Situated along the approximate longitude of Turkey and Egypt, the region had a kaleidoscopic history, each twist of fate producing new and colorful-often exotic-cultural and political patterns, starting before Christ with the Scythians and Sarmatians and proceeding to successive reigns by the Slavs, the Golden Horde of Genghis Kahn, the Cossacks, and finally the Russians. In perhaps the most antic chapter, a group led by Ukrainian revolutionary Nestor Makhno established an anarchist society in an area of Ukraine that included Berdyansk from late 1918 to June 1919.

Founded in 1827 as the outgrowth of a fishing settlement, Berdyansk was perched on a small peninsula with a wide sand bar that reached five miles into the Azov, beckoning visitors and providing a hospitable home for marine life. Fed by the Don and Kuban rivers, the warm, shallow waters of the Azov were a fisherman's paradise, teeming with sturgeon, perch, bream, mullet, herring, sardines, and anchovies-the stuff of many meals in the Arshansky home. The town grew apace with the busy seaport which shipped tons of wheat from local Mennonite and German communities. Mirroring the eclectic parade of rulers and influences, the city was born Kutur-Ogly and later renamed Novo-Nogaisk before becoming Berdyansk in 1842.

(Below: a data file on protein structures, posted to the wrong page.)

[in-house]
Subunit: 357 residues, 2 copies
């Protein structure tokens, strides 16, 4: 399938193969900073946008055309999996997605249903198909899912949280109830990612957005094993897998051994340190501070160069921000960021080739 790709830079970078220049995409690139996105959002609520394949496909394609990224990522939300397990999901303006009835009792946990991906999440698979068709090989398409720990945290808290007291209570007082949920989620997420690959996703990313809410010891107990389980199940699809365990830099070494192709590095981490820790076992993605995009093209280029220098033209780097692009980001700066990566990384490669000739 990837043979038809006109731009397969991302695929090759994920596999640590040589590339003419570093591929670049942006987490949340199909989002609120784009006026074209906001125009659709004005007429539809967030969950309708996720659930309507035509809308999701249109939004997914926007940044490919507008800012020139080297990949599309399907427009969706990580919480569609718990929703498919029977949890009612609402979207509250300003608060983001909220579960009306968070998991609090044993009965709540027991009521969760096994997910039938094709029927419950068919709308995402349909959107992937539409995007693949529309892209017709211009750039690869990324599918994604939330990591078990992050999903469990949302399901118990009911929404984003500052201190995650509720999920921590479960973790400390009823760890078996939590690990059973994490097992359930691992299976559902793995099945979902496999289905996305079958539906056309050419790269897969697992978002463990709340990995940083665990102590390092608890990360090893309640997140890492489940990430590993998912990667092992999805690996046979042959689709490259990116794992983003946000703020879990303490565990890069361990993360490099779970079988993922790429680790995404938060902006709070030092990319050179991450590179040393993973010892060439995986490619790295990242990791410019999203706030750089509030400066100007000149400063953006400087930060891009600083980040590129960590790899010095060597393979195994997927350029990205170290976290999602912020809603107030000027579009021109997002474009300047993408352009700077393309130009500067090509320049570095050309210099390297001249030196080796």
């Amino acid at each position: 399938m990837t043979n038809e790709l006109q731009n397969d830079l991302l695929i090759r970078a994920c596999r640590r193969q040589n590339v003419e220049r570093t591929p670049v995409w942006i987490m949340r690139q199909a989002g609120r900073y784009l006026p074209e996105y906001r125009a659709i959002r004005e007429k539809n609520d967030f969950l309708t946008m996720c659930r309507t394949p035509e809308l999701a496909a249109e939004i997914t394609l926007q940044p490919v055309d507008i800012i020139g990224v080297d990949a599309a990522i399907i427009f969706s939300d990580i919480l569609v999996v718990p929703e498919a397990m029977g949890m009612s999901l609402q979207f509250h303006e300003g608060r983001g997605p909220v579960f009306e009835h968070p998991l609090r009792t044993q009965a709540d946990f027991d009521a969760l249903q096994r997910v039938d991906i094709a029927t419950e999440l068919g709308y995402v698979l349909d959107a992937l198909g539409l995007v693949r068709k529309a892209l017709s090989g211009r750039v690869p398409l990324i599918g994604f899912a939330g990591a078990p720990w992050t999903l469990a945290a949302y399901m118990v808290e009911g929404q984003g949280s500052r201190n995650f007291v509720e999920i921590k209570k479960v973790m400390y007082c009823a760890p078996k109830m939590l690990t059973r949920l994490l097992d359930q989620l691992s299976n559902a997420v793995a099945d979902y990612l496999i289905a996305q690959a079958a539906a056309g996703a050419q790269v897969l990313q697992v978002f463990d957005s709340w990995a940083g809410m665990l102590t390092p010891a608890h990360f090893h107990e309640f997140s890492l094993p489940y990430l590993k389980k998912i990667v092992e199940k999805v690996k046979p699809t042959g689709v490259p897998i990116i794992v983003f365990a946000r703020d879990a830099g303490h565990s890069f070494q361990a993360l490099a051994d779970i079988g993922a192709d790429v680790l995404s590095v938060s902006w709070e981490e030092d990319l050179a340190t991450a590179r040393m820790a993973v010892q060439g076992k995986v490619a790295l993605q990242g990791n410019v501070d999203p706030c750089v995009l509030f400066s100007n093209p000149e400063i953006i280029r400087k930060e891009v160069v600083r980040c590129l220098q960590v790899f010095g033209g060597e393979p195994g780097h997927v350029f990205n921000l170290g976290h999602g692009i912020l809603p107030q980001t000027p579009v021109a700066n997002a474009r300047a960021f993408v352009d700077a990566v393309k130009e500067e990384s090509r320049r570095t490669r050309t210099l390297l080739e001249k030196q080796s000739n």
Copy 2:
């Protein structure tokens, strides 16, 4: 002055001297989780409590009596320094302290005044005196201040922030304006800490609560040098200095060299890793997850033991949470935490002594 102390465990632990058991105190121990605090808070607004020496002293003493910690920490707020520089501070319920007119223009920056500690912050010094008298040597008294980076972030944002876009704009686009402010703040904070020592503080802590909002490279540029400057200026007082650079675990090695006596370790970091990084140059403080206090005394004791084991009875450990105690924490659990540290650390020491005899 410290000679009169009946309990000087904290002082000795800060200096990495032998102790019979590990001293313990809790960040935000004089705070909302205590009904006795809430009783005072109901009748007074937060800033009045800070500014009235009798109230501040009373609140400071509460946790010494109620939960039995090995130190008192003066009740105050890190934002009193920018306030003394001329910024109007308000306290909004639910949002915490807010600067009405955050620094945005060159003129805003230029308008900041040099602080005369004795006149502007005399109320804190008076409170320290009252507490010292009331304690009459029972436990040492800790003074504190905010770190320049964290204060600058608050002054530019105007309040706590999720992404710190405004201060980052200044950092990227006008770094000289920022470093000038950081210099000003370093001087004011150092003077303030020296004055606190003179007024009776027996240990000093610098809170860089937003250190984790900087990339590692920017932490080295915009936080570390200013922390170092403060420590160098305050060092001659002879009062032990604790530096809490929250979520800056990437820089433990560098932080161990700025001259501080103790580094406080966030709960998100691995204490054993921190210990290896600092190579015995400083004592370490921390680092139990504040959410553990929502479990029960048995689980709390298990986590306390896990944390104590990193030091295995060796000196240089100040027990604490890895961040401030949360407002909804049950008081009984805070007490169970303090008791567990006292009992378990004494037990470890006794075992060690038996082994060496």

Zhanna's favorite time was summer, when Berdyansk was in full bloom and the sea was warm and the days deliciously long. She hit the streets at dawn, wearing only a skimpy bathing suit or panties and no shoes, and was swept along by her senses.

In early morning you could expect each flower to exude the most potent smell: acacia, roses, lily of the valley. Night flowers, morning flowers-the most marvelous aromas. I would go to the bazaar before the sun was completely up. People would bring magnificent things to sell. The best yogurt, with a beautiful brown crust on top, eggs and cream and butter, gorgeous, aromatic fruit-pears so big they had to be cut in a bowl to catch the delicious juice-roasted sunflower seeds, fish caught in the Sea of Azov that very day.

Tourists bought strings of smoked and sun-dried fish and bubliki-bagels-and wore them around their necks as they strolled through the market. Zhanna mingled easily with the visitors and always had an eye and ear open for new adventures. Once on a panties-only day she encountered a funeral procession-a horse-drawn wagon bearing a coffin, Orthodox priests in golden robes swinging lanterns, and a small band playing a funeral march. Zhanna was transfixed. The music called to her. She had to join the procession. At the church the mourners invited her-barefoot and half-dressed-to sit with them inside. It was the first time she had seen the interior of a church or synagogue.